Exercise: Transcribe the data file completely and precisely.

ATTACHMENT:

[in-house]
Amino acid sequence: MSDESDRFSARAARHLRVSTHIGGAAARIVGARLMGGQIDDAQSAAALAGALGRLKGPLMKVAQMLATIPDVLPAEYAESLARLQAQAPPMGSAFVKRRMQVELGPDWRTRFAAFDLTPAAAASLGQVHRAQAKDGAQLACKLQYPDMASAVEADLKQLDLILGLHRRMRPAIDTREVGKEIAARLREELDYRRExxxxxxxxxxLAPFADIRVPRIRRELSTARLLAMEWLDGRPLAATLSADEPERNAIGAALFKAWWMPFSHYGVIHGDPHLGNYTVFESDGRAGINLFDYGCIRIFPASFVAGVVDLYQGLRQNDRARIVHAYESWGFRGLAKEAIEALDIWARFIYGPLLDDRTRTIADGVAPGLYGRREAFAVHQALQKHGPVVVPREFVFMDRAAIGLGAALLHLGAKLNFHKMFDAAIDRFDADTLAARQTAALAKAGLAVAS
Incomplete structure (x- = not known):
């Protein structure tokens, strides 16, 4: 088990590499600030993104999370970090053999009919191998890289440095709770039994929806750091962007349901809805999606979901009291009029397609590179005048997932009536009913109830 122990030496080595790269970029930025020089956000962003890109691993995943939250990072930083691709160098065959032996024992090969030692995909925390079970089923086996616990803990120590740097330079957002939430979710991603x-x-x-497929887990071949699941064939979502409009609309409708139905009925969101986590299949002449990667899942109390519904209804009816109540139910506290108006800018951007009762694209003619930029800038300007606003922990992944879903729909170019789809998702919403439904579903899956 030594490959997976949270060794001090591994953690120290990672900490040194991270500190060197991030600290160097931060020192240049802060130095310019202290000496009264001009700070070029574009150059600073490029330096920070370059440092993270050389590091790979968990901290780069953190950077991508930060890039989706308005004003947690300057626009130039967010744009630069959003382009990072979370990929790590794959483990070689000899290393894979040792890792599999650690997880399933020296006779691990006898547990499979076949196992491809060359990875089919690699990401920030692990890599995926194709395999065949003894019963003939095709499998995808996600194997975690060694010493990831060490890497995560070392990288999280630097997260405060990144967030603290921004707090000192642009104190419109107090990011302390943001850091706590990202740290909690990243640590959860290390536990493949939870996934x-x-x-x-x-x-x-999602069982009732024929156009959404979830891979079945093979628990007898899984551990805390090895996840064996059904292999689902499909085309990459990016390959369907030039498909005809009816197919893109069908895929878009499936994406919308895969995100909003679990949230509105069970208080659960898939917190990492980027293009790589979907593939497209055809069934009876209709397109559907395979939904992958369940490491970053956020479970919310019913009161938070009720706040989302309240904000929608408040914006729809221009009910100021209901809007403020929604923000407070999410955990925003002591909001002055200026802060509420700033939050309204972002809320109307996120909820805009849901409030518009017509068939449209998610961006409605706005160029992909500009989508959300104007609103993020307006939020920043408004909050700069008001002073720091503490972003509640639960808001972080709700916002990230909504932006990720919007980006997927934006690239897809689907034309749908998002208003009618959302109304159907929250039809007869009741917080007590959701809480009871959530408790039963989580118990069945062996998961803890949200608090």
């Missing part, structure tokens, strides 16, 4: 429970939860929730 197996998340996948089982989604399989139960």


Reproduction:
[in-house]
Amino acid sequence: MSDESDRFSARAARHLRVSTHIGGAAARIVGARLMGGQIDDAQSAAALAGALGRLKGPLMKVAQMLATIPDVLPAEYAESLARLQAQAPPMGSAFVKRRMQVELGPDWRTRFAAFDLTPAAAASLGQVHRAQAKDGAQLACKLQYPDMASAVEADLKQLDLILGLHRRMRPAIDTREVGKEIAARLREELDYRRExxxxxxxxxxLAPFADIRVPRIRRELSTARLLAMEWLDGRPLAATLSADEPERNAIGAALFKAWWMPFSHYGVIHGDPHLGNYTVFESDGRAGINLFDYGCIRIFPASFVAGVVDLYQGLRQNDRARIVHAYESWGFRGLAKEAIEALDIWARFIYGPLLDDRTRTIADGVAPGLYGRREAFAVHQALQKHGPVVVPREFVFMDRAAIGLGAALLHLGAKLNFHKMFDAAIDRFDADTLAARQTAALAKAGLAVAS
Incomplete structure (x- = not known):
């Protein structure tokens, strides 16, 4: 088990590499600030993104999370970090053999009919191998890289440095709770039994929806750091962007349901809805999606979901009291009029397609590179005048997932009536009913109830 122990030496080595790269970029930025020089956000962003890109691993995943939250990072930083691709160098065959032996024992090969030692995909925390079970089923086996616990803990120590740097330079957002939430979710991603x-x-x-497929887990071949699941064939979502409009609309409708139905009925969101986590299949002449990667899942109390519904209804009816109540139910506290108006800018951007009762694209003619930029800038300007606003922990992944879903729909170019789809998702919403439904579903899956 030594490959997976949270060794001090591994953690120290990672900490040194991270500190060197991030600290160097931060020192240049802060130095310019202290000496009264001009700070070029574009150059600073490029330096920070370059440092993270050389590091790979968990901290780069953190950077991508930060890039989706308005004003947690300057626009130039967010744009630069959003382009990072979370990929790590794959483990070689000899290393894979040792890792599999650690997880399933020296006779691990006898547990499979076949196992491809060359990875089919690699990401920030692990890599995926194709395999065949003894019963003939095709499998995808996600194997975690060694010493990831060490890497995560070392990288999280630097997260405060990144967030603290921004707090000192642009104190419109107090990011302390943001850091706590990202740290909690990243640590959860290390536990493949939870996934x-x-x-x-x-x-x-999602069982009732024929156009959404979830891979079945093979628990007898899984551990805390090895996840064996059904292999689902499909085309990459990016390959369907030039498909005809009816197919893109069908895929878009499936994406919308895969995100909003679990949230509105069970208080659960898939917190990492980027293009790589979907593939497209055809069934009876209709397109559907395979939904992958369940490491970053956020479970919310019913009161938070009720706040989302309240904000929608408040914006729809221009009910100021209901809007403020929604923000407070999410955990925003002591909001002055200026802060509420700033939050309204972002809320109307996120909820805009849901409030518009017509068939449209998610961006409605706005160029992909500009989508959300104007609103993020307006939020920043408004909050700069008001002073720091503490972003509640639960808001972080709700916002990230909504932006990720919007980006997927934006690239897809689907034309749908998002208003009618959302109304159907929250039809007869009741917080007590959701809480009871959530408790039963989580118990069945062996998961803890949200608090």
């Missing part, structure tokens, strides 16, 4: 429970939860929730 197996998340996948089982989604399989139960």